"Pullout in Moxley Case Stirs Questions"
By J.A. Johnson Jr., Staff Writer
Greenwich Time, April 21, 1998

State Special Prosecutor Donald Browne's unexpected withdrawal from the Martha Moxley investigation last week evoked applause from some for his efforts to resolve the case and questions from others as to why he never did. But all agree that his departure will hardly impede the investigation. Rather, those involved say it might even benefit the case.

Citing a potential conflict based on a passage from "Greentown, Murder and Mystery in Greenwich, America's Wealthiest Community," Browne retired from the 23-year-old unsolved murder case on Thursday. He is succeeded by State's Attorney Jonathan Benedict, who will decide whether to prosecute or drop the case for lack of evidence.

Benedict said Browne's departure would not slow the investigation, but might in fact lead to a quicker resolution. "The question now is whether or not there is enough hard evidence - unambiguous, credible evidence - to warrant a reasonable expectation that the state, at trial, could satisfy its burden," he said.

Moxley, 15, was bludgeoned and stabbed with a golf club the evening of Oct. 30, 1975, and her body was found the following afternoon under a tree on her family's Walsh Lane estate. The last known person to see her alive was then-17- year-old Thomas Skakel, a nephew of the late U.S. Sen. Robert Kennedy. Police identified the murder weapon as a 6-iron from a set of golf clubs owned by the Skakel family. No one has ever been charged with the murder, although Skakel and his younger brother, Michael, have been under suspicion for years.

In "Greentown," author Timothy Dumas offers speculation by unnamed journalists that Browne may have been "paid off" to not vigorously pursue Moxley's killer. but Dumas further notes it was Browne who decided in 1991 to reinvestigate the homicide, after Greenwich Time published a story detailing the case and the reasons why no arrest had been made.

Dumas said he does not believe Browne was bribed, explaining he included the speculation because it demonstrated people's perception of the case, and was therefore relevant to the story. "I have always thought that rumors were an interesting part of the story, and in the book I tried to debunk a lot of them, including that one," Dumas said. "However, I'm glad he is no longer on the case .. What we need is a prosecutor who's more aggressive than he is."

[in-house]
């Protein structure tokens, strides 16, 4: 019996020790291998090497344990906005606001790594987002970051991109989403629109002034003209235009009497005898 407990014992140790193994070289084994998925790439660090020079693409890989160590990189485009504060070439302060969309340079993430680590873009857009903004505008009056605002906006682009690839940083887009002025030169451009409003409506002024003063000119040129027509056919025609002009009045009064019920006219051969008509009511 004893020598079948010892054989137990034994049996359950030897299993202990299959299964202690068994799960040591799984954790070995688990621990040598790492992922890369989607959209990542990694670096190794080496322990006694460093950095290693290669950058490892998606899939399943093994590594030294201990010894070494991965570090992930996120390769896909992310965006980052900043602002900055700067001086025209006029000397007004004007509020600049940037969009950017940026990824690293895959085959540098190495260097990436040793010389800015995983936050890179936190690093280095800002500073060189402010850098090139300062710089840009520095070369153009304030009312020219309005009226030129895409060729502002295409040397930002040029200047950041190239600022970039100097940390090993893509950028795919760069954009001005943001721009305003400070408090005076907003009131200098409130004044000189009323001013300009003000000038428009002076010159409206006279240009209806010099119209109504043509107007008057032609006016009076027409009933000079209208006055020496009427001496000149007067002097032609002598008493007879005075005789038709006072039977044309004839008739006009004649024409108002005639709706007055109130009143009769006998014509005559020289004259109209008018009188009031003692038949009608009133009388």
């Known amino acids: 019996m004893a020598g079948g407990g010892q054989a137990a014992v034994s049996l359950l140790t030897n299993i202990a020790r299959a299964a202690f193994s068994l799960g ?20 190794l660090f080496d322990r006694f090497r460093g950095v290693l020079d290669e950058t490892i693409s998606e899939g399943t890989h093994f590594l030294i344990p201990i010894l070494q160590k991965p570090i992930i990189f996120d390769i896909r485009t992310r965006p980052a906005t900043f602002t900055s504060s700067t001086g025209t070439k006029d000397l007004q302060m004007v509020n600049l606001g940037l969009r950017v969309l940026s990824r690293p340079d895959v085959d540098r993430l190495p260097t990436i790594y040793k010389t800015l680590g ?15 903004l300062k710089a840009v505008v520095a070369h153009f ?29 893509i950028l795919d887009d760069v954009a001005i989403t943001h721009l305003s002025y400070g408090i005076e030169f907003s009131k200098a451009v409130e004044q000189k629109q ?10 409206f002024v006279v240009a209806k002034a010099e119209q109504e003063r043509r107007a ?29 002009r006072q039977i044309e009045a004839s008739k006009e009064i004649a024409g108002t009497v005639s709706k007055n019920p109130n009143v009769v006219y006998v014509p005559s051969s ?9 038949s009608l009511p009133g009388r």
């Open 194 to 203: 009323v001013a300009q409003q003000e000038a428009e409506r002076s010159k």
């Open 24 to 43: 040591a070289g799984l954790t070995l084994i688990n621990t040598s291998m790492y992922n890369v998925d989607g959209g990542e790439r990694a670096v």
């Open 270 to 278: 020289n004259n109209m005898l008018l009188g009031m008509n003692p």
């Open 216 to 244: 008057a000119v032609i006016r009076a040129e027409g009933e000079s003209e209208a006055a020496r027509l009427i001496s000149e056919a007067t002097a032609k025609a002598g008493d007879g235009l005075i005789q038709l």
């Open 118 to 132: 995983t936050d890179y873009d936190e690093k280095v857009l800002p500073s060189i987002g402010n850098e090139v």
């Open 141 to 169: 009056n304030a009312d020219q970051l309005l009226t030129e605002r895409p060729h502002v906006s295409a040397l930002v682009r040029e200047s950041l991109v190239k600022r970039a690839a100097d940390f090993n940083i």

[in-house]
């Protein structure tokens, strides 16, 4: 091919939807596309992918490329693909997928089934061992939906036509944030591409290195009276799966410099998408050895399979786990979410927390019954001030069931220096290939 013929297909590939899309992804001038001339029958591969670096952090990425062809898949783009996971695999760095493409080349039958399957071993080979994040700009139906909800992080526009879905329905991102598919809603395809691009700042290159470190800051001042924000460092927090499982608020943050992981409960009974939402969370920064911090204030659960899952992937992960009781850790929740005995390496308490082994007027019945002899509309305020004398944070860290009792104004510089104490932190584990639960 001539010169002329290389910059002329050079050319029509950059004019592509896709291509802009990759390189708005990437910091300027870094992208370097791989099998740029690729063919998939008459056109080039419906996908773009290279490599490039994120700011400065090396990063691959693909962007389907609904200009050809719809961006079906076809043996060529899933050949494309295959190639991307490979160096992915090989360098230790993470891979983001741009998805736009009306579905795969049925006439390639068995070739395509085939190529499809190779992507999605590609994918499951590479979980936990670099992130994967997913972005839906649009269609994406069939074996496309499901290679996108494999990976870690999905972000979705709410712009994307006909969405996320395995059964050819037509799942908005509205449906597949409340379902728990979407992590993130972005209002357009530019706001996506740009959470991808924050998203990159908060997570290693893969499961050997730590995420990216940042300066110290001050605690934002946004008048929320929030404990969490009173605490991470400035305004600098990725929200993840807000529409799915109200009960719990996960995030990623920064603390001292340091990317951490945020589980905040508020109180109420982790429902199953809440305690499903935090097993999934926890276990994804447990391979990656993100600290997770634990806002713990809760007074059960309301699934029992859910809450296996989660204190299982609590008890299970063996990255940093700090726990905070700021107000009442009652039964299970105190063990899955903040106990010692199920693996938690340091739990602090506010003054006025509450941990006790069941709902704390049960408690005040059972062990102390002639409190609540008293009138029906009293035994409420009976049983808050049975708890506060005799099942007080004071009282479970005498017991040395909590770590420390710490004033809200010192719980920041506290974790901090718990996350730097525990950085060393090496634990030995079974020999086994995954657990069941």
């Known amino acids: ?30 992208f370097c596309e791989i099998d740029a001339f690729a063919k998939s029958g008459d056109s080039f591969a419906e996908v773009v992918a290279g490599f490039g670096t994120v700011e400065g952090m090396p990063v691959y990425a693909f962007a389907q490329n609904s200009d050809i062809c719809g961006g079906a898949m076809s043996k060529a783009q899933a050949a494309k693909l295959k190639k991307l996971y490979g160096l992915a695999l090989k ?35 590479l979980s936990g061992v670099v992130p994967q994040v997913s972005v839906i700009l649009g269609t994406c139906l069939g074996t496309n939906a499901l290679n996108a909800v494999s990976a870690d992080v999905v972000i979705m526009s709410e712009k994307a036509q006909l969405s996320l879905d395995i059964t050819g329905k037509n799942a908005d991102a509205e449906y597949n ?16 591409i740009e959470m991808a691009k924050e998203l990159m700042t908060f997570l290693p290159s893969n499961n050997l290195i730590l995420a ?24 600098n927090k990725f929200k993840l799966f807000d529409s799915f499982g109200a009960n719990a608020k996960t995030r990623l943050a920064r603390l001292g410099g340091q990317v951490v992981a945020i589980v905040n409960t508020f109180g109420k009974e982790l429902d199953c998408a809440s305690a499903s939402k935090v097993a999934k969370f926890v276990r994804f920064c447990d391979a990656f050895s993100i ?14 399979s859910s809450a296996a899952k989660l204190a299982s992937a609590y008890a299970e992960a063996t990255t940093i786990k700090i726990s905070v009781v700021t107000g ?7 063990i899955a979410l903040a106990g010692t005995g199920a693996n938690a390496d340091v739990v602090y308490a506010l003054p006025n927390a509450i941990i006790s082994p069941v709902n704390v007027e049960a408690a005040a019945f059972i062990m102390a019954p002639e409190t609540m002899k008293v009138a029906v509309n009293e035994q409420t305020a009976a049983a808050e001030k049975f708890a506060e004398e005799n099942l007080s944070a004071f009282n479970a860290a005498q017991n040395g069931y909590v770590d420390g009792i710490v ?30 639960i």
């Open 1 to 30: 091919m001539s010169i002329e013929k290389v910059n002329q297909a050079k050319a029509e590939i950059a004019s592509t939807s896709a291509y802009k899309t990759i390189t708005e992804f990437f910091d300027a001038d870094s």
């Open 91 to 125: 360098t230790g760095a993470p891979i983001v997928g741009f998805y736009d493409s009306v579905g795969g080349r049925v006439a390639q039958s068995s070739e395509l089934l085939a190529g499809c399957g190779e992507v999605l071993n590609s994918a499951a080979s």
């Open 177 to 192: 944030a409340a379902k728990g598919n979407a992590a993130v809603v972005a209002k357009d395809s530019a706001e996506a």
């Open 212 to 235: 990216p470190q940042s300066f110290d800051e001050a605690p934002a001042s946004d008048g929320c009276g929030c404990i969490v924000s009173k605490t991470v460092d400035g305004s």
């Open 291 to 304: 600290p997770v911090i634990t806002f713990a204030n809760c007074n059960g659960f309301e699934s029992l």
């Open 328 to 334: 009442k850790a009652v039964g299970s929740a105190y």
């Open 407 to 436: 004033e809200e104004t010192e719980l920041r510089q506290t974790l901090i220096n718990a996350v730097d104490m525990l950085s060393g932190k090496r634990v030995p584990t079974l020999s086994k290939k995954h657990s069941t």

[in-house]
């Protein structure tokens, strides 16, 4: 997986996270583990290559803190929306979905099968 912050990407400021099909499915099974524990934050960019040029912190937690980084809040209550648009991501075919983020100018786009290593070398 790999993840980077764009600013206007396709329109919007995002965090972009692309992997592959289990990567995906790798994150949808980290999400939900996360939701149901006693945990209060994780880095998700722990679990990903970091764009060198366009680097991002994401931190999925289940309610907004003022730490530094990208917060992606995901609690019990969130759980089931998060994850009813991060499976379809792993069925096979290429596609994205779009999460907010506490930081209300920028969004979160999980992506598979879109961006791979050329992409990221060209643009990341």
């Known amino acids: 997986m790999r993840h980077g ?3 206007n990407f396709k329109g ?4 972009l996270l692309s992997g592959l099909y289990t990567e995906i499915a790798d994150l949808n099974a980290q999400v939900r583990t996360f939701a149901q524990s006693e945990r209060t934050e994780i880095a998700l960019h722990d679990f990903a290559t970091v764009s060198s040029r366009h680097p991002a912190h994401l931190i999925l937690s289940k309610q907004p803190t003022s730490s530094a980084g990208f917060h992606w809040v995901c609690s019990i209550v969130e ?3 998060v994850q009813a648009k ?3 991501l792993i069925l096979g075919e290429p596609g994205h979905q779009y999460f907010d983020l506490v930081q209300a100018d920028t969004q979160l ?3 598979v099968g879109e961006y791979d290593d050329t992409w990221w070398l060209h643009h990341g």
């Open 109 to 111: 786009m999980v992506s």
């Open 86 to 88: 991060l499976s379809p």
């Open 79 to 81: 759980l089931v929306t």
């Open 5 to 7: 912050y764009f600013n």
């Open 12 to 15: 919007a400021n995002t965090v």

Browne, as state's attorney for the Fairfield Judicial District, supervised the Moxley investigation from nearly the beginning. He retired in October, but was retained by successor Benedict as unpaid special prosecutor for the Moxley matter. He had been expected to decide within a month whether to prosecute or abandon the case.

Browne last week said he withdrew from the case because the passages in "Greentown" posed potential problems for him. "If I proceeded to indict as prosecutor, I am leaving myself exposed as having done it to avoid the perception I have been paid off," he said. "If I don't, then the perception is I have already been paid off."

Retired Greenwich detective Stephen Carroll, who had been the senior local investigator on the Moxley case before retiring in 1978, did not buy Browne's explanation. "I think it's a big excuse," he said. "He could clear his name. I think he's a chicken."

Carroll said he was please with Browne's departure, adding, "The only positive thing he's done in 22 years is to get off the case. I would hope that it would have a positive effect."

Benedict's comments about Browne's leaving seemed to bolster Carroll's hopes. "If anything, I think things might go along quicker than they have," the prosecutor said yesterday. "I do want to try to bring (the investigation) to some sort of resolution, if at all possible."

Benedict would not say whether a prosecution is likely, but said he would make an announcement soon - one way or another.